Rainmakers need not be the only ones responsible for bringing in business. Managers working directly with clients are often in the best position to recognize additional business that could be sold
Albuquerque, NM (Vocus) February 12, 2009
February is Time Management Month, but “time management” is an out-of-date concept says Lenann McGookey Gardner (http://www.YouCanSell.com). “We can’t manage time, in the sense that we can’t control time. We can only control the activities that take up our time, and judiciously tackling the right tasks is the key to improved selling results,” says Gardner.
“In his book 'Time Traps,' author Todd Duncan lays out the many ways that poor task management kills sales results,” says Gardner, an international management consultant. “Time is the biggest obstacle standing between your firm and a strong new business development effort. People are busy as beavers… and yet often they aren’t fitting crucial business-building activities into their packed days. It’s possible to structure your time better, so new business development happens.”
Gardner, the author of "Got Sales? The Complete Guide to Today’s Proven Methods for Selling Services" (Jarndyce & Jarndyce), provides these tips for increasing revenue within existing working hours.
Increase F2F and P2P time
“Time spent face-to-face (F2F) or phone-to-phone (P2P) with people who can authorize checks to be written to your firm correlates directly with success in new business development,” reports Gardner. “Spending even five percent of your time, that’s two hours a week assuming a 40-hour workweek, correlates to a dramatic rise in revenue for many professionals.”
Spread the time investment around
“Rainmakers need not be the only ones responsible for bringing in business. Managers working directly with clients are often in the best position to recognize additional business that could be sold,” says Gardner. “Identifying talented people and teaching them up-to-date business development skills enables the business development task to be spread out among many, so the time investment for each person is relatively small.”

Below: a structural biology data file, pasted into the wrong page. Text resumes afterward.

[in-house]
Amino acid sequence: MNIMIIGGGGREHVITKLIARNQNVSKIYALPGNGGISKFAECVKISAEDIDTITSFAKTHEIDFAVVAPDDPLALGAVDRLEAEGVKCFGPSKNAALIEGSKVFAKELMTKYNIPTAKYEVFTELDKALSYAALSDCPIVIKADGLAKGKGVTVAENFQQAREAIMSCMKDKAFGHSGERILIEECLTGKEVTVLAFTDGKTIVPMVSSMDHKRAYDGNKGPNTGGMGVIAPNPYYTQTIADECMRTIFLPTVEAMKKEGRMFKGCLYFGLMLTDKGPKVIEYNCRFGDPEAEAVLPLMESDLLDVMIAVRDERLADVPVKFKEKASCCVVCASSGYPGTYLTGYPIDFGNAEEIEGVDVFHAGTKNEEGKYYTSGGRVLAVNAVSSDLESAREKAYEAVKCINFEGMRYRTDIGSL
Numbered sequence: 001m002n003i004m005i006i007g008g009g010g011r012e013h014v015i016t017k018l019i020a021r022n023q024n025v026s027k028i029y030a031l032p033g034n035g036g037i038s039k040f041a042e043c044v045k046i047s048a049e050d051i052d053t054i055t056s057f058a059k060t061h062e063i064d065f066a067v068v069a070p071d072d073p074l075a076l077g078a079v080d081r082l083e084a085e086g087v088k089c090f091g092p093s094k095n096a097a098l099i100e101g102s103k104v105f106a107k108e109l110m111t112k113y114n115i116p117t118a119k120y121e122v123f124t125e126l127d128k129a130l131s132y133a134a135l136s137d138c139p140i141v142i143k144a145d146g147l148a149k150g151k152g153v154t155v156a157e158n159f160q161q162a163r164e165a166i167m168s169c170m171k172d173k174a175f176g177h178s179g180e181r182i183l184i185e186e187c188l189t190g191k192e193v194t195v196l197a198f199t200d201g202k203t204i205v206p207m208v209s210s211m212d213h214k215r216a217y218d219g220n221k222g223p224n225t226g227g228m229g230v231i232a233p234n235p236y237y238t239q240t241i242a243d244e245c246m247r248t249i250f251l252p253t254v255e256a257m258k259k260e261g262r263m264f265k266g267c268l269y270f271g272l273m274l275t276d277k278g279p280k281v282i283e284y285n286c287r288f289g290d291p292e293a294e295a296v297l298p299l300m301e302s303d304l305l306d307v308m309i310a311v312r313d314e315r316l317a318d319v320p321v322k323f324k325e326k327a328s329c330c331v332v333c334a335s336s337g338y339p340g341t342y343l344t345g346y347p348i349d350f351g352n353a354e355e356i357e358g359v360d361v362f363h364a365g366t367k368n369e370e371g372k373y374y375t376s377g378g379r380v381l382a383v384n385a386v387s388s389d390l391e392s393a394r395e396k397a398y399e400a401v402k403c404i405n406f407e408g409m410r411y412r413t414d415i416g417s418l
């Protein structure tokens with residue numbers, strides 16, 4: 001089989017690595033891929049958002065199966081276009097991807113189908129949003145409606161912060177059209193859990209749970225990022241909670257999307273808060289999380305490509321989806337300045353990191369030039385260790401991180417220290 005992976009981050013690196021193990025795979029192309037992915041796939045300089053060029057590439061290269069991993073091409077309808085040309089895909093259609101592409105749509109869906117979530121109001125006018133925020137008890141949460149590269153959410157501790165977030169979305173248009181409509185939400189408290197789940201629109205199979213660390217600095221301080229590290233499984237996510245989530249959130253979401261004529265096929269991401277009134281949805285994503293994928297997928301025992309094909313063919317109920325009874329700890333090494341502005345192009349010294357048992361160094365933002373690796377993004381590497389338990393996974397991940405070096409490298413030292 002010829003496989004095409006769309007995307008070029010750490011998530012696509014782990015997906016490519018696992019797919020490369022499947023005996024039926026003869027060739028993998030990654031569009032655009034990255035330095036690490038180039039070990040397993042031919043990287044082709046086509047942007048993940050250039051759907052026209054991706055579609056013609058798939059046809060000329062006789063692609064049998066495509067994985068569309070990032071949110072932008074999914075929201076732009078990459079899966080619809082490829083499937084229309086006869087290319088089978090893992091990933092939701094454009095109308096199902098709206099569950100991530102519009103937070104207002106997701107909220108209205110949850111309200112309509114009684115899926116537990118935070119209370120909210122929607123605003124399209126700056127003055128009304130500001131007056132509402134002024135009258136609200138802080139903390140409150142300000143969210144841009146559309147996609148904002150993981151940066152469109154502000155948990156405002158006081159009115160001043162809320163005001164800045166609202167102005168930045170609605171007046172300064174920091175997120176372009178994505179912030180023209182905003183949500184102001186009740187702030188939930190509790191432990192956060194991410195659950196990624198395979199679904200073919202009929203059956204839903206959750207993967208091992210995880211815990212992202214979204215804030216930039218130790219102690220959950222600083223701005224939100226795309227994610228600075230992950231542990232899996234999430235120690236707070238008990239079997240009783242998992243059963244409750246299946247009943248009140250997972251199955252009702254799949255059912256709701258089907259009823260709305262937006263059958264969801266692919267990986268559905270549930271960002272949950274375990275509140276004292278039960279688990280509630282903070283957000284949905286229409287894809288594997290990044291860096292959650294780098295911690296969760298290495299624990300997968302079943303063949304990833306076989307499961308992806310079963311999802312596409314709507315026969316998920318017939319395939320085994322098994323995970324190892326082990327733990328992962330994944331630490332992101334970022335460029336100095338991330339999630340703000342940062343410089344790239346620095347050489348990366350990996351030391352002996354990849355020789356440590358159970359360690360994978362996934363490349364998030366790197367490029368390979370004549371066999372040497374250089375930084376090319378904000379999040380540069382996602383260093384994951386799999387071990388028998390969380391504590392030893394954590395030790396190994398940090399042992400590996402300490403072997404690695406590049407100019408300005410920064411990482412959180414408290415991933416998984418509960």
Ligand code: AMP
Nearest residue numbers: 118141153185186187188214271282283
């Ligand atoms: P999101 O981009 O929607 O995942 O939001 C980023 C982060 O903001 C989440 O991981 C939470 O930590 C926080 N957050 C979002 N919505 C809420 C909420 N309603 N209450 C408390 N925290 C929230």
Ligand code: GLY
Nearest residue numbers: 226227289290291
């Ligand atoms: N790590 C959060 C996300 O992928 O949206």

Block out time to contact or meet with prospects
“Make appointments with yourself to do a bare minimum of two hours of prospecting every week by calling current clients, old clients, and new prospects. Break it into two sessions if you need to,” Gardner advises, adding, “Make this time sacrosanct on your calendar.”
Get out or stay out of the office
“Is your office just too busy and do you find yourself unable to make time for business development? One of my clients who is thriving in this weak economy decided that to be successful, everyone on his team must spend 60 percent of their time on new business development, and as the leader, he is spending three days a week in front of prospects or clients. He’ll actually set aside entire days to go out prospecting – which includes making visits to current clients who have additional business potential, and past clients whom he would like to be working with again,” says Gardner. “By taking himself out of the office environment, he eliminates the distractions that in the past kept him from growing the business.”
Lenann McGookey Gardner, a Harvard MBA and a past #1 worldwide sales rep at Xerox, offers keynote speeches on state-of-the-art selling and closing skills, executive and sales coaching for business success, and workshops. Her book Got Sales? The Complete Guide to Today’s Proven Methods for Selling Services is the one guidebook highlighting all the latest research and data on what’s working now in contemporary selling. More information is available at http://www.YouCanSell.com.